Immaculate Review: Holy Hell, Sydney Sweeney

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immaculate-review:-holy-hell,-sydney-sweeney

It is not original to observe that despite being about salvation, much of traditional Roman Catholicism seems rooted in pain and agony. Like many children before me, I recall vividly the first shudder that accompanied seeing an idol of Christ graphically bleeding on the cross; and when fundamentalist filmmaker Mel Gibson made his movie about Jesus, it was entirely fixated on the passion (read: torture) this messiah endured. The actual resurrection and salvation, meanwhile, was not even deigned a footnote.

Folks should believe what they want to believe—and there are many beliefs, indeed, in a religion with 1.4 billion souls amongst its ranks—but there remains something positively medieval in certain, powerful corners of the orthodoxy. And director Michael Mohan and star/producer Sydney Sweeney have tapped into that iconography to summon a horror full of mysticism, passion, and, of course, pain. As the mother superior in Immaculate intones, “Suffering is love.” In which case, the amorés that await in this happy blasphemy will be legion for the most easily offended.

Playing like a defiant apostate’s screed against the Church (or at least its adherents on the Supreme Court), Immaculate is a parable about what it would mean if an apparent immaculate conception occurred in our world today—particularly if the phenomenon took place in the loving arms of a patriarchy which seeks to smother their new virgin mother, a novice nun named Cecilia (Sweeney), in adoration.

This is the poisoned chalice of Christ’s blood awaiting Sister Cecilia when she arrives in rural Italy to take her final vows and become a bride of Christ. Young, blonde, and looking like Sydney Sweeney, she faces intense scrutiny and skepticism before even leaving the airport. The Italian customs officials lament her search for God “is such a waste.” Her new doting priest, the less than paternal Father Sal Tedeschi (Álvaro Morte), commends her decision; other nuns meanwhile stare with scorn and envy. Each wants to control her, yet it is Cardinal Merola (Giorgio Colangeli) who genuinely does after the old man forces her to kiss his ring following her wedding to Christ.

But if this is her new husband’s house, he’s an absentee spouse. Other than some affection from another young nun who is surprisingly cynical about her vows (Benedetta Porcaroli), there is no love here for innocent Cecilia; just suffering and a rusty 2,000-year-old nail that the priests claim was used to penetrate Christ’s hand. These days, though, the patriarchs are more concerned with Cecilia’s lack of penetration—which they get quite frank about in an interrogation upon learning that their newest convert is with child. Eventually they conclude it’s “a miracle” in their eyes, but it brings tears of anything but joy to Cecilia’s. And that’s before she realizes they also are not letting her choose her own doctor, go to the hospital, or even leave the grounds where she’s beginning to notice cloaked figures haunting her steps.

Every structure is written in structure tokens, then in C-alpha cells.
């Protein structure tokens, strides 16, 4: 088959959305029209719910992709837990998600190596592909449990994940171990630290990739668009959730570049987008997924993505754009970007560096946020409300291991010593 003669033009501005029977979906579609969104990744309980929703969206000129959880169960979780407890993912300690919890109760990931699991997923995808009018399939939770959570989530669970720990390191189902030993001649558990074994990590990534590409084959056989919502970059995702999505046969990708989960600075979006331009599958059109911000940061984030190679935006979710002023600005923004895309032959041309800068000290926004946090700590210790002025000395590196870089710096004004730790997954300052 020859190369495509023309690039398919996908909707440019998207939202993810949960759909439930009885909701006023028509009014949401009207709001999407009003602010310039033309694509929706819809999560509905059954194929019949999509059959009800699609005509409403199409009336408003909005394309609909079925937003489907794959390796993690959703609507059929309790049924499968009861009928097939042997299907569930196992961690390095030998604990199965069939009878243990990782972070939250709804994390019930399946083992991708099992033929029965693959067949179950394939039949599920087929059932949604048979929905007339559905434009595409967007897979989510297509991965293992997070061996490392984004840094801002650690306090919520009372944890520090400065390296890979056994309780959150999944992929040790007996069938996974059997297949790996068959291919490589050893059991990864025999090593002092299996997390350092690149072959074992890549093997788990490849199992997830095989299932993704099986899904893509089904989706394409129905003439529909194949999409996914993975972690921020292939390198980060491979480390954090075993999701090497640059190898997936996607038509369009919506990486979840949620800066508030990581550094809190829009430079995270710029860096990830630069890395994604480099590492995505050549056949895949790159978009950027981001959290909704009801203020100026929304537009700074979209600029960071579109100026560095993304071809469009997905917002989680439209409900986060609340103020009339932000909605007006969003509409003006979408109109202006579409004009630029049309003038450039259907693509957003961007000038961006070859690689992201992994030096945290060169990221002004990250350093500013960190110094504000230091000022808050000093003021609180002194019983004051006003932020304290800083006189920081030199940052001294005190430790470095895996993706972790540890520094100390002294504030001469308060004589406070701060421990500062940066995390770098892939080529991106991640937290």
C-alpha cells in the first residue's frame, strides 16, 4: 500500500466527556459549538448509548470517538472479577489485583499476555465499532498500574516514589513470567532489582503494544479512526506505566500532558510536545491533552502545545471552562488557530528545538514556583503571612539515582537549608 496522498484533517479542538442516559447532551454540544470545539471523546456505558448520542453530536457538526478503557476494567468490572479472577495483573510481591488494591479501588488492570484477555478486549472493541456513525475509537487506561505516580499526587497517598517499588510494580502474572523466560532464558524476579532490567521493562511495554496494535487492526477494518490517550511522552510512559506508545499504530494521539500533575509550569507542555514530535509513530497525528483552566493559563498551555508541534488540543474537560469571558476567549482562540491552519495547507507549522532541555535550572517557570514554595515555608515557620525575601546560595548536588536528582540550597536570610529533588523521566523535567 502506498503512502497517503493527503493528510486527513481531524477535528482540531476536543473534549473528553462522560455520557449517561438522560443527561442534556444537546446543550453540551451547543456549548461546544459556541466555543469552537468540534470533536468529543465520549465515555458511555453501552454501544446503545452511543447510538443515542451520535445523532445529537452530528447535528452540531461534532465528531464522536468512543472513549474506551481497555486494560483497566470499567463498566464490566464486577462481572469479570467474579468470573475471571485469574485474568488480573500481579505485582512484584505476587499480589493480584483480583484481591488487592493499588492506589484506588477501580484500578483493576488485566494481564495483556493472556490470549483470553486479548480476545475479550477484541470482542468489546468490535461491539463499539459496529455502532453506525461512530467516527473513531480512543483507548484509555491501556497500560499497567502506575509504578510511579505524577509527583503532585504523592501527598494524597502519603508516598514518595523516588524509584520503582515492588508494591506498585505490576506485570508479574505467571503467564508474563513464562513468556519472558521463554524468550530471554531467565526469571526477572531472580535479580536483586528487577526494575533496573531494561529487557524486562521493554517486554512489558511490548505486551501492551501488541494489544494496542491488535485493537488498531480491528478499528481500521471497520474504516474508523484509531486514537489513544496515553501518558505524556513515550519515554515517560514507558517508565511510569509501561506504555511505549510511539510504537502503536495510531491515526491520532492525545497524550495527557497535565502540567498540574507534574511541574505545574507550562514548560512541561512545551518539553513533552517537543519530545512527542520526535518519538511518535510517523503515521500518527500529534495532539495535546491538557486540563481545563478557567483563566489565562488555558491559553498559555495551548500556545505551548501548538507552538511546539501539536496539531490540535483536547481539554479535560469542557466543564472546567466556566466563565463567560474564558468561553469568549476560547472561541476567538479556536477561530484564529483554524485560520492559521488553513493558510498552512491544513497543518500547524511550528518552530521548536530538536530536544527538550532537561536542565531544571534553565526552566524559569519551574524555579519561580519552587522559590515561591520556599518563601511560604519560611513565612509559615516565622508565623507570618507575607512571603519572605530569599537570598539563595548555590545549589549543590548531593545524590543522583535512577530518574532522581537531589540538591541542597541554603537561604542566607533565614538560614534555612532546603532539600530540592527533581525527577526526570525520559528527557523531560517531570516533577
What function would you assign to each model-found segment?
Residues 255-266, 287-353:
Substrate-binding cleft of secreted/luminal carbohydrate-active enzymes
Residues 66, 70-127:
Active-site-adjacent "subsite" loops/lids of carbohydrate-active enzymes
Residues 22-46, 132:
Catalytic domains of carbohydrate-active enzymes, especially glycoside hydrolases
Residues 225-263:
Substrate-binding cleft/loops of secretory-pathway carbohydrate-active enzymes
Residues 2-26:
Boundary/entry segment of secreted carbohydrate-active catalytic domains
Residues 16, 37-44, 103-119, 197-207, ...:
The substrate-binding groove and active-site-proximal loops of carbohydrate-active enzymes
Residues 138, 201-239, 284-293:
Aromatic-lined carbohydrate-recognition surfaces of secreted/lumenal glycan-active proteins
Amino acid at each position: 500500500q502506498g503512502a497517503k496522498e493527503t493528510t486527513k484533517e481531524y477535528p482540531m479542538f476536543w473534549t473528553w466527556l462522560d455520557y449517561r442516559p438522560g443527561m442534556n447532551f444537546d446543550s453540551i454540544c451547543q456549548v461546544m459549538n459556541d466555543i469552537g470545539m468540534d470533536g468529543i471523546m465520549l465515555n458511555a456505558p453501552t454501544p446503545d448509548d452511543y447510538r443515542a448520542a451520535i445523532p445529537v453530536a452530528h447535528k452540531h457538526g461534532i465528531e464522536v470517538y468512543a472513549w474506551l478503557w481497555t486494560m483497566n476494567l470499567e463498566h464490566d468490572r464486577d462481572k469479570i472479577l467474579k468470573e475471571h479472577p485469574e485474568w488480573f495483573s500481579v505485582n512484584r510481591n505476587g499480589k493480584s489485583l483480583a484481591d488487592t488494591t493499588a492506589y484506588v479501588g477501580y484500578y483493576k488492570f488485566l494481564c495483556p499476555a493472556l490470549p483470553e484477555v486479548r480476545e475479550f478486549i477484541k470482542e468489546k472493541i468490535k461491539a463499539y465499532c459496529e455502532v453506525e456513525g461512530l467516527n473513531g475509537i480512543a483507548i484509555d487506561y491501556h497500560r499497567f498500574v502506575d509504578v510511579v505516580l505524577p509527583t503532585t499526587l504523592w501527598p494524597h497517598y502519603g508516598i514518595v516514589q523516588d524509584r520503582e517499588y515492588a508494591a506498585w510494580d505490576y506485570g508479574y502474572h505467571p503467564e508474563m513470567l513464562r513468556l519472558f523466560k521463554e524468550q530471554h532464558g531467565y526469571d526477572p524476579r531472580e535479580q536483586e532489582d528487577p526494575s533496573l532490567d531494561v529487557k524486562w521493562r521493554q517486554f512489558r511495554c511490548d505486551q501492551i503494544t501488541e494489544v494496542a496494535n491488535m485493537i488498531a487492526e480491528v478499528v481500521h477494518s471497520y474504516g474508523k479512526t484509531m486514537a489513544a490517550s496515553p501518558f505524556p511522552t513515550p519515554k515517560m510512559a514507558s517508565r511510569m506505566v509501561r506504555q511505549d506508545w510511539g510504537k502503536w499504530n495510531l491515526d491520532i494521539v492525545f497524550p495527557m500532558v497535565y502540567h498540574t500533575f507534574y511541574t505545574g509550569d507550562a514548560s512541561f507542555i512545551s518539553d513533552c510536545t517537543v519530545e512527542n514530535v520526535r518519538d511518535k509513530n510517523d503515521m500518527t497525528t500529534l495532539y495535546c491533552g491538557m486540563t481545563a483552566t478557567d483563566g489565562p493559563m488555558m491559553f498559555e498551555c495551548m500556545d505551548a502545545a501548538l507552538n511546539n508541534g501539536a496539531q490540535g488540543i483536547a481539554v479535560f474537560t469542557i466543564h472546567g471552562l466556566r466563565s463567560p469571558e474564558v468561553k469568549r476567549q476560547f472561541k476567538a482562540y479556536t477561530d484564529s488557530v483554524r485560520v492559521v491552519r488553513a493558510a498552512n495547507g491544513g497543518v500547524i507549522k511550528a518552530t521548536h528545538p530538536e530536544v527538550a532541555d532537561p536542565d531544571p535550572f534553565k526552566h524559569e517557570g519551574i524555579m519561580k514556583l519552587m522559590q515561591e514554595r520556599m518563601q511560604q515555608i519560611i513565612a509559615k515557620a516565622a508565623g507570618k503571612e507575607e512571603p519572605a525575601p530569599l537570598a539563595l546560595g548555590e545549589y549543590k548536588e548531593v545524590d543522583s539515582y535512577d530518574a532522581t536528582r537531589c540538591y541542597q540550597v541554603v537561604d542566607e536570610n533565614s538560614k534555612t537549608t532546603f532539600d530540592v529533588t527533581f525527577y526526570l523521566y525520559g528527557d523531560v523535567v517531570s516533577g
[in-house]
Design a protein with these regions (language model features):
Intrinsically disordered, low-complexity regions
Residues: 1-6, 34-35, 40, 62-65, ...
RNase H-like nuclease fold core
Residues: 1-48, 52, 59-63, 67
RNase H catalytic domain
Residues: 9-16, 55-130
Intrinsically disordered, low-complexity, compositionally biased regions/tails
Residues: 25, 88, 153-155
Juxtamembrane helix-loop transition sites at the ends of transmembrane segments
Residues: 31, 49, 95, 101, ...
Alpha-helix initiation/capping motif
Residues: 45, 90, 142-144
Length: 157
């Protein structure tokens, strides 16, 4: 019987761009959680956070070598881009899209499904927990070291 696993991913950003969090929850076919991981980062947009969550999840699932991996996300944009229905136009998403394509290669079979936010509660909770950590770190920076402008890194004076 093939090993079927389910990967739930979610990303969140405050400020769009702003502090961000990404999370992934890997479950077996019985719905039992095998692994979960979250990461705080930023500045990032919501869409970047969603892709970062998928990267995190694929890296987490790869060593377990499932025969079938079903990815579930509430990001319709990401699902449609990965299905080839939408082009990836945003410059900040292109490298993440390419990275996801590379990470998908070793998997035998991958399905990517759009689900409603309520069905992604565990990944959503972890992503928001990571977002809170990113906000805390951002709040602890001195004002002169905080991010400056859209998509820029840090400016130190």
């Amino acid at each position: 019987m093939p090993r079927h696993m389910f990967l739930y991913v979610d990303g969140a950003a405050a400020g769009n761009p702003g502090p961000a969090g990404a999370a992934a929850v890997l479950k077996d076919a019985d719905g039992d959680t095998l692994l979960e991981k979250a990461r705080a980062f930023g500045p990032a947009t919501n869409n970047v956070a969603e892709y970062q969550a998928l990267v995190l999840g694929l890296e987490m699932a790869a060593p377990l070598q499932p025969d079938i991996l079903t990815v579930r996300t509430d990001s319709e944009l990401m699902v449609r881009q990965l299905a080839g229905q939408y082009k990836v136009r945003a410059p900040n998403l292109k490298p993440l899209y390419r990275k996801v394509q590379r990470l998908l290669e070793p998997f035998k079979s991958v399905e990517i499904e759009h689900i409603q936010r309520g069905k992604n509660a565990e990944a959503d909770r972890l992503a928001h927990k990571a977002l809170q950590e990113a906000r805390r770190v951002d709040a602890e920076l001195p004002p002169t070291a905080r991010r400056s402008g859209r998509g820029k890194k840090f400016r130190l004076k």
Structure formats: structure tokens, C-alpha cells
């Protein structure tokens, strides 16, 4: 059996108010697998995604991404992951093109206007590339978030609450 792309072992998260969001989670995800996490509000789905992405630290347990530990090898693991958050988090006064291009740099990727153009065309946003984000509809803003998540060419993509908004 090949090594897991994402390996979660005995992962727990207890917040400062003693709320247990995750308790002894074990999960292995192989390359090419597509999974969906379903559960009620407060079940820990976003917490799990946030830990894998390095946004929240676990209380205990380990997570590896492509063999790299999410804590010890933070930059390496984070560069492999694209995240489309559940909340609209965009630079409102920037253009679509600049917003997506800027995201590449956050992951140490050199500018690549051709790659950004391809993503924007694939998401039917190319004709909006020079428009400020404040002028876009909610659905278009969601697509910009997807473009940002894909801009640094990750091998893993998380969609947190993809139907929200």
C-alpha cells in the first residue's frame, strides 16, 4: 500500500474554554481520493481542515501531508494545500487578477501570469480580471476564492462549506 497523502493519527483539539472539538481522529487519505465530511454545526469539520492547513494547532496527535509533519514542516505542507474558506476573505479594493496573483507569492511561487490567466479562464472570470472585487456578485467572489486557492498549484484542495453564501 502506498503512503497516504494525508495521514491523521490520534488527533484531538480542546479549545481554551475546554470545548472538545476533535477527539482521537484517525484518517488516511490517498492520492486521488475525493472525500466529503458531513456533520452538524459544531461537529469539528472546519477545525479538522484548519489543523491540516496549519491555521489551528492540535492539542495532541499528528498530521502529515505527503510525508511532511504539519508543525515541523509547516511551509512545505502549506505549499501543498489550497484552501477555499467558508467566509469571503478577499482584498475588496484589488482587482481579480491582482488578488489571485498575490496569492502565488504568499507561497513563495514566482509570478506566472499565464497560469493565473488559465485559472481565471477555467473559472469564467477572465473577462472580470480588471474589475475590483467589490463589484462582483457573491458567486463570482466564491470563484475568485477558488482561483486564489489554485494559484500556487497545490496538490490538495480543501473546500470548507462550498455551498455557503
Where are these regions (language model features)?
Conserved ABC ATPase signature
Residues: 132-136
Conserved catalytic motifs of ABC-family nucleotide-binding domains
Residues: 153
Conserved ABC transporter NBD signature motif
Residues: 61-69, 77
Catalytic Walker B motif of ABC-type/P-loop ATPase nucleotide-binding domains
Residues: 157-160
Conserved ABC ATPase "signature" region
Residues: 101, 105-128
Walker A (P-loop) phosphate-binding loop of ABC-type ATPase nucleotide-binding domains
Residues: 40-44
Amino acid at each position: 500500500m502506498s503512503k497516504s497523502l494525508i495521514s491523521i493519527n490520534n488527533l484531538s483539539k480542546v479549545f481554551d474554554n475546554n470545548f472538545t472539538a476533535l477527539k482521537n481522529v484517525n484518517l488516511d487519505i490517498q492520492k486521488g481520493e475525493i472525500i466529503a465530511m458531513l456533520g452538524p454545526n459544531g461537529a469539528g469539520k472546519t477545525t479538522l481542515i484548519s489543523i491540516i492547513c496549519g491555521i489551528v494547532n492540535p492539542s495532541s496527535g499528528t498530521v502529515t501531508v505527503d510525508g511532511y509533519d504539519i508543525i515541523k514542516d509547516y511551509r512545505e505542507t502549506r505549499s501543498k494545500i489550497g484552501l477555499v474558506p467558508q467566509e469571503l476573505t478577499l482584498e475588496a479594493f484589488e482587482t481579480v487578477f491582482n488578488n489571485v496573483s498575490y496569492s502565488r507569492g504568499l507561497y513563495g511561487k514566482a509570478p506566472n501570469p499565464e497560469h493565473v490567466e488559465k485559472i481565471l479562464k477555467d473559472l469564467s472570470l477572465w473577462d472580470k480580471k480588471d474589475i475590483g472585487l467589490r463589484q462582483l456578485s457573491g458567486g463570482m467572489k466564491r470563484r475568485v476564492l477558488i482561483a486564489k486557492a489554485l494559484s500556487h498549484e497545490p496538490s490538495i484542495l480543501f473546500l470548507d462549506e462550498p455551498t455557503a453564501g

Immaculate is not a subtle movie, but then the cultural moment it is attempting to drive a stake through is anything but discreet. In an age where ancient religions are still used as pretexts to control women’s bodies from inception to the grave in cases of life-endangering pregnancies, Immaculate writes its metaphors in prenatal crimson. It wants to be Rosemary’s Baby for a more secular age, minus the need for devils. Here the Satanists wear white collars as they literally attempt to drag Cecilia to term and what is anticipated to be the Second Coming of the Lord.

As a shy nun in 21st century Italy, Sweeney is about as believable as Sophia Loren as a Puritan in 17th century New England. The film attempts to acknowledge this disharmony by having many characters ponder the incongruity, but I am not certain it succeeds in turning a potential casting sin into a virtue. However, it finds just enough space in its purgatory to reveal why Sweeney so clearly wanted the role. In addition to having worked with director Mohan before on The Voyeurs, Sweeney has a strong ability to convey soul-crushing desperation, as seen in in manic form on Euphoria and in a more grounded and impressive slow-burn context via Tina Satter’s underrated Reality.

With Cecilia, Sweeney finds a heroine who is put through some demonic paces, which makes her eventual final girl attempt to survive reach Nic Cage-ian levels of gonzo fury. Despite the film’s Rosemary flourishes, the thing has more in common with the splatter cinema of Italian Giallo from the 1970s, and the Yuletide third act is a bloody nice showcase for scenery-chewing.

It’s also the closest the film comes to realizing its genre potential. While the allegory at the film’s heart is pointed and devilishly sharp, Mohan’s aesthetic is often too lurid and formulaic to fully reach the elevated place the film aspires to. There are too many ineffective jump scares for this to actually reach the psychological surrealism of Saint Maud, much less Repulsion or its ilk.

However, when the film accepts the gruesome mirthfulness of its energy, and finally lets Sweeney’s freak flag fly as she descends into the catacombs, wielding a holy relic like Jamie Lee Curtis might appropriate a fire ax, Immaculate conceives a good time at the movies. Just don’t go in expecting a revelation beyond how much suffering one nun can take.

Immaculate premiered at the SXSW Film Festival on March 12. It will open in theaters in the U.S. and UK on March 22.

The post Immaculate Review: Holy Hell, Sydney Sweeney appeared first on Den of Geek.

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